A vaccine developed at Weill Cornell Medicine and NewYork-Presbyterian to blunt the effects of cocaine has advanced to clinical trials for testing in humans. After demonstrating that the vaccine prevented cocaine from reaching the brain in earlier animal studies, investigators are now enrolling active cocaine addicts in a Phase I randomized control study to test how it works in people.
“Cocaine addiction is a huge problem that affects more than 2 million people in the United States, and results in more than 500,000 annual visits to emergency rooms,” said principal investigator Dr. Ronald Crystal, chairman of the Department of Genetic Medicine at Weill Cornell Medicine and a pulmonologist at NewYork-Presbyterian/Weill Cornell Medical Center. “While there are drugs like methadone designed to treat heroin, there aren’t any therapeutics available to treat cocaine addiction. We hope that our vaccine will change that.”
While most drugs that target addiction are designed to disrupt some process in the brain, this vaccine, called dAd5GNE, is meant to absorb cocaine in the bloodstream—well before it has had a chance to pass the blood-brain barrier and later produce a dopamine-induced high.
The dAd5GNE vaccine works by linking a cocaine-like molecule called GNE to a disrupted protein of an inactive adenovirus virus that typically causes cold-like symptoms, and is highly likely to produce an immune response. The immune system then unleashes antibodies that attack both the virus and the cocaine-like molecules connected to it. Once the body sees cocaine as the enemy, if the drug enters the bloodstream, the body will respond with a flood of anti-cocaine antibodies, each meant to gobble up cocaine like a Pac-man, Dr. Crystal said. This means that if someone who has received the vaccine uses cocaine, within seconds it passes from the lungs to the bloodstream, and once there, the antibodies attack.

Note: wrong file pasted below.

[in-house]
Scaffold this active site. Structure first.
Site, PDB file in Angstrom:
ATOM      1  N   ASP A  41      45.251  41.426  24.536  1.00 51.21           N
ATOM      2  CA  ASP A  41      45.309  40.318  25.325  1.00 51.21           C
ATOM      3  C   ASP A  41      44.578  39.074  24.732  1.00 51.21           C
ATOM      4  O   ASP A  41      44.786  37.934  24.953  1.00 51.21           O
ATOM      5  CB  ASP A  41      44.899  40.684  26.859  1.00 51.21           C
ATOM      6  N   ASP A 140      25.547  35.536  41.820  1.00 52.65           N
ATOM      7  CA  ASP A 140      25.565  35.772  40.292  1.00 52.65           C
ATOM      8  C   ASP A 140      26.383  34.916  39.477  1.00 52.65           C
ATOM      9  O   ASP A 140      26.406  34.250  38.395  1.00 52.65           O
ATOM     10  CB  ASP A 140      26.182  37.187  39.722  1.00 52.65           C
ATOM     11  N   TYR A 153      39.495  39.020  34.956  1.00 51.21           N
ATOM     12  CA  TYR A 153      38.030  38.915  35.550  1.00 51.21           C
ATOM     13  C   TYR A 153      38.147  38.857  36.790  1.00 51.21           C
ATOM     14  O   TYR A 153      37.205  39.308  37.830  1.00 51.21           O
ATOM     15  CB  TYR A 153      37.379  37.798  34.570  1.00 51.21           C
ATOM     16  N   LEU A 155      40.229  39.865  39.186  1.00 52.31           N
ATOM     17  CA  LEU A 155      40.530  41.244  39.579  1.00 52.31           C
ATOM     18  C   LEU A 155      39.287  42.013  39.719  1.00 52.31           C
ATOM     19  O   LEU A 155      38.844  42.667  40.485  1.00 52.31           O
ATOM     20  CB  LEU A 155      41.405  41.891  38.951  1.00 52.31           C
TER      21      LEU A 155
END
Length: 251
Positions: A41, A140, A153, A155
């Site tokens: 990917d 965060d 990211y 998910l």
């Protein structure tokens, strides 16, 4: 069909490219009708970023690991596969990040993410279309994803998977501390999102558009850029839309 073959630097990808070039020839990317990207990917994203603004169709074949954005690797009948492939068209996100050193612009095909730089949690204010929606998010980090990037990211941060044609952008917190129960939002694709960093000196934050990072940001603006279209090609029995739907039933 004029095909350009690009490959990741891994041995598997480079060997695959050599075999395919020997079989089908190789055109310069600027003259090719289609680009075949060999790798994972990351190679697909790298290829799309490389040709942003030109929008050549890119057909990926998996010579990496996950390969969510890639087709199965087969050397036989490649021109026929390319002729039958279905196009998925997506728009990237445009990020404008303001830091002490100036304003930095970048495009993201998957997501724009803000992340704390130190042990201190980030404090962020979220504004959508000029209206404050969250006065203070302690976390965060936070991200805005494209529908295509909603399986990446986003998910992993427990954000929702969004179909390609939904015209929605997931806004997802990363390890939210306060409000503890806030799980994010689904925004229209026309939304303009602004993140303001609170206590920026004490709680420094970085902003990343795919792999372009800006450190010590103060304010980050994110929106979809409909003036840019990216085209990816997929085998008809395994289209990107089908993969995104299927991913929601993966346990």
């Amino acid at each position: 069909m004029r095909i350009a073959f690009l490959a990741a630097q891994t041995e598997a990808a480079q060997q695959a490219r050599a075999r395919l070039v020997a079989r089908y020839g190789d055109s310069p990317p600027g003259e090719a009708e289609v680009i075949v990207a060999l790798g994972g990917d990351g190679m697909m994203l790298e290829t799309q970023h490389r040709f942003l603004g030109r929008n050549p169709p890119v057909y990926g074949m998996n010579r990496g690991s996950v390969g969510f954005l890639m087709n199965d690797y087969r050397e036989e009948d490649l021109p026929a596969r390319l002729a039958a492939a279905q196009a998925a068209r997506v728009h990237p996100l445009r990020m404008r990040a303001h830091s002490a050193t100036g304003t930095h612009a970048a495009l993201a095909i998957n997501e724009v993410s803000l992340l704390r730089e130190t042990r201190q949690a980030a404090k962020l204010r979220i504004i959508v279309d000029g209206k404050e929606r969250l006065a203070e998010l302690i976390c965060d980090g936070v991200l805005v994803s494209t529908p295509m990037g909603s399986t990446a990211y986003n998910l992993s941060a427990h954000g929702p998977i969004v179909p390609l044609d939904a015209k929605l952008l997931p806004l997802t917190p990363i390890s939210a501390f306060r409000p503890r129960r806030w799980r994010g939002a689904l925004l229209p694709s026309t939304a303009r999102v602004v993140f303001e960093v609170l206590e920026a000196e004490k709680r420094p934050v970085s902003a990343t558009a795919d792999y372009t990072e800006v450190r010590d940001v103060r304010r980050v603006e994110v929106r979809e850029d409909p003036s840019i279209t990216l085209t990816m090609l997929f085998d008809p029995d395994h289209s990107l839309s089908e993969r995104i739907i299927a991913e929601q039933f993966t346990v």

“The goal of this vaccine is to prevent cocaine from reaching the brain,” said Dr. Crystal, who is also the Bruce Webster Professor of Internal Medicine at Weill Cornell Medicine. “While we know that this works very well in animals, now we need to find out if the vaccine will cause enough anti-cocaine antibodies to be produced so that it works in humans, too.”
Investigators are looking to enroll 30 subjects who are active cocaine users in the study, which is funded by the National Institute on Drug Abuse and the National Institutes of Health. The participants in this randomized, double-blind study will be divided into three consecutive, 10-person cohorts. Once the subjects have passed through an extensive screening process and are chosen, each cohort of 10 will be randomly split into seven receiving the vaccine and three receiving the placebo.
Before getting the vaccine, each participant will have to give up cocaine for at least 30 days, during which time they’ll undergo frequent urine screens to test for cocaine use. Their first vaccine dose is administered as an injection in the shoulder. Additional boosters will be given every four weeks until the participant has received six total injections. After the final booster is given in week 20, subjects will undergo monitoring for another three months, until the study’s conclusion after 32 weeks.
Each participant will have to meet with investigators two or three times per week to assess safety and efficacy. These meetings will include regular urine drug screens, EKGs, complete blood counts, and other measures of safety, as well as the review of any anti-cocaine antibodies in the participants’ systems, self-reports on cocaine cravings and subjects’ desire for other drugs and alcohol. Every subject will undergo standard drug dependency therapy throughout the study.
After the first group of 10 is finished, the second group will commence, followed by the third group. In total, 21 subjects will get the vaccine in escalating doses; nine subjects will get the placebo. The entire Phase I clinical study is expected to take about three years.
“Most people who become cocaine addicts want to give it up, but struggle to kick the habit in the long-term,” Dr. Crystal said. “If this vaccine works, it could represent a lifetime therapeutic for addicts.”
Filed Under: Drug Discovery